The BDN Opinion section operates independently and does not set news policies or contribute to reporting or editing articles elsewhere in the newspaper or on bangordailynews.com.
Nancy Smith is the CEO of GrowSmart Maine. Jeff Levine is a board member of GrowSmart Maine.
Recently, BDN columnist Mike Cianchette wrote that the only way to keep “COVID immigrants” in the state is to incentivize big companies to move here through reducing regulations and utility costs. While we agree that regulatory effectiveness and favorable tax and cost structures are important, in reality, what recently drew over 10,000 new residents to Maine is our high quality of life, natural beauty, welcoming people, and great downtowns.
Maine’s recent population growth is essential to sustain our economy and our small towns. However, we know it has also created challenges, such as high costs making it hard for workers to afford a place to live in Maine. For all the challenges created, in addition to the tax dollars and purchasing power new remote workers and their families bring, they also offer perhaps less obvious gifts in the form of volunteerism, creative talents, and financial support for Maine nonprofits – that in turn support our quality of life.
Rather than losing significant portions of their experienced workforce or requiring employees to leave the places they love after a couple years of putting down roots, businesses who employ these new arrivals should be encouraged to work with the many organizations already well placed to support their distributed workforce. We also need to make sure that a variety of housing that people can afford is available to existing residents and new residents alike.
This seems like something we can all agree on, and so many are leading the way.
We at GrowSmart Maine are working to address the housing crisis through our Policy Action 2023 legislative proposals to support development in places where it makes sense in the long term. By this we mean that Maine needs to create housing while still addressing the climate crisis and without creating the next crisis of access to farmland and food.
Maine organizations are leading in other key strategies:
Including in all policies that Maine can and should be open to everyone, original Wabanaki Alliance peoples, longtime residents, and new arrivals.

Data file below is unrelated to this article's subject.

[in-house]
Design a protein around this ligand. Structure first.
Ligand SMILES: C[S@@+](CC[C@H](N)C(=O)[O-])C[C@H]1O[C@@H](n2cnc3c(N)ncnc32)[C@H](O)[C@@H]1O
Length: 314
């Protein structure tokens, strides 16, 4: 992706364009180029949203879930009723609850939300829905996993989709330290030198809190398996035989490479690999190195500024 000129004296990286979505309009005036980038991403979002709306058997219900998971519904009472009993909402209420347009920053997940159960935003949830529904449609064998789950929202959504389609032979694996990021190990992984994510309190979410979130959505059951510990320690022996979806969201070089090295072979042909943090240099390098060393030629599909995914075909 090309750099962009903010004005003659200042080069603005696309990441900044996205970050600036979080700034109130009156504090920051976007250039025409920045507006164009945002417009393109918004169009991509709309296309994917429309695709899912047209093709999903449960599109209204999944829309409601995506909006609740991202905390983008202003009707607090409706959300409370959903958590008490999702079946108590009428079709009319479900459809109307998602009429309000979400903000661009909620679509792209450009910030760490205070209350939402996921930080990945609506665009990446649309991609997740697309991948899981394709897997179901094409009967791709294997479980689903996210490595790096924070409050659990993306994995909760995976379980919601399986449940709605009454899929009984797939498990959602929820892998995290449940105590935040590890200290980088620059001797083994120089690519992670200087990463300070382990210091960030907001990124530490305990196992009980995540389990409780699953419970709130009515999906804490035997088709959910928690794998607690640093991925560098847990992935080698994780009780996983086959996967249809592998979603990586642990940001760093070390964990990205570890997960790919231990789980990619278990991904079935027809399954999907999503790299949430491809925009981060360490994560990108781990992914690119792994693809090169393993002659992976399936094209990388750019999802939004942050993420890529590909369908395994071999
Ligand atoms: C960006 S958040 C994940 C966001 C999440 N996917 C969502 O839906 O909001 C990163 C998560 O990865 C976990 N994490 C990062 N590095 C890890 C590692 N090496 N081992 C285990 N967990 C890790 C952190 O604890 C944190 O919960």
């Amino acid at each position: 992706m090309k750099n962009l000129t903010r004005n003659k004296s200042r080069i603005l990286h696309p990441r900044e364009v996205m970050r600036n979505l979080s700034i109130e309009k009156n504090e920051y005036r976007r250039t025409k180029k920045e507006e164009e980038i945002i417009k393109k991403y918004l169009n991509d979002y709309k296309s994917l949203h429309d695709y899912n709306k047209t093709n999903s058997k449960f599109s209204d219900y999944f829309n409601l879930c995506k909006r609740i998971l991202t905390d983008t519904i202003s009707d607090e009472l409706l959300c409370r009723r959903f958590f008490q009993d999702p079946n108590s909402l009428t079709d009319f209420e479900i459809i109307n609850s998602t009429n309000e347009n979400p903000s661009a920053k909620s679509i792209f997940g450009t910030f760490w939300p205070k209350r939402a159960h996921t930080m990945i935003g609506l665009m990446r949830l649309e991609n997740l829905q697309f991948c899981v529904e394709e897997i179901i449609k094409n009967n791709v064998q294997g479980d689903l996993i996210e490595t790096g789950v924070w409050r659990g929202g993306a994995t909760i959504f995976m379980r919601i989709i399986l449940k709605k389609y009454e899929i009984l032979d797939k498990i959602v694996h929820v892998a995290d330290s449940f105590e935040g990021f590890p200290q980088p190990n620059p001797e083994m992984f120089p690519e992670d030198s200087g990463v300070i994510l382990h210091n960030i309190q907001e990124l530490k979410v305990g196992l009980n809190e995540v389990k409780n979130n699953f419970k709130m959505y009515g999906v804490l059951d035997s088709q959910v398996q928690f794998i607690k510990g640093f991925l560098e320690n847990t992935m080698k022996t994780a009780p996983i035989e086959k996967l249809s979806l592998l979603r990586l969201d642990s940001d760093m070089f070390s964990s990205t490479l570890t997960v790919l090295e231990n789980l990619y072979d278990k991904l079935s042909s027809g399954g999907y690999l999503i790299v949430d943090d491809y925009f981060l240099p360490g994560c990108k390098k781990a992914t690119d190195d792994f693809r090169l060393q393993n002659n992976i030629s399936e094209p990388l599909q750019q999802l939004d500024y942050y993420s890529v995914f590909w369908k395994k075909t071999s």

Improving transit options to better connect Maine communities to employer hubs such as Boston. Additional transit services are needed, supported with additional federal and state funding. The locally run Moving Maine Network promotes better transit options, both within and beyond Maine.
Improving opportunities for commuting and running errands with options like walking, biking, and e-biking. Bicycle Coalition of Maine and many trail organizations in the state promote such options for short trips of all kinds.
Protecting farmland as we accommodate more housing. Investments in food chain and value-added processing will both strengthen the economics of our farms and ensure protection of critical farmland. This is true for the other natural resource sectors such as fisheries and forestry. Much of the beauty in Maine is directly tied to the economic powerhouse of our woods, fields, and waters. These “heritage” industries, which are also critical to the hospitality industry, are by no means relics, and deserve continued investment. American Farmland Trust and Maine Farmland Trust work to balance the need for more housing and solar energy generation with the need to preserve our limited agricultural lands.
Removing barriers to infill development to support adding housing within existing village, town, and city centers as our policy partner Build Maine actively promotes.
Protecting open space for its innate climate value and the access it provides to outdoor healing, with many organizations including The Nature Conservancy in Maine leading the way.
Supporting culture and creative arts that provide both personal wellness and opportunities for connection with our neighbors. Organizations such as the Cultural Alliance of Maine support Maine’s creative economy
New residents aren’t coming to Maine for lower taxes or utility costs; they continue to come here because of all the great aspects of Maine valued by people who already live here. Promoting these components of “Maine … the way life should be” has been the mission of GrowSmart Maine since its inception twenty years ago, and is more relevant now than ever.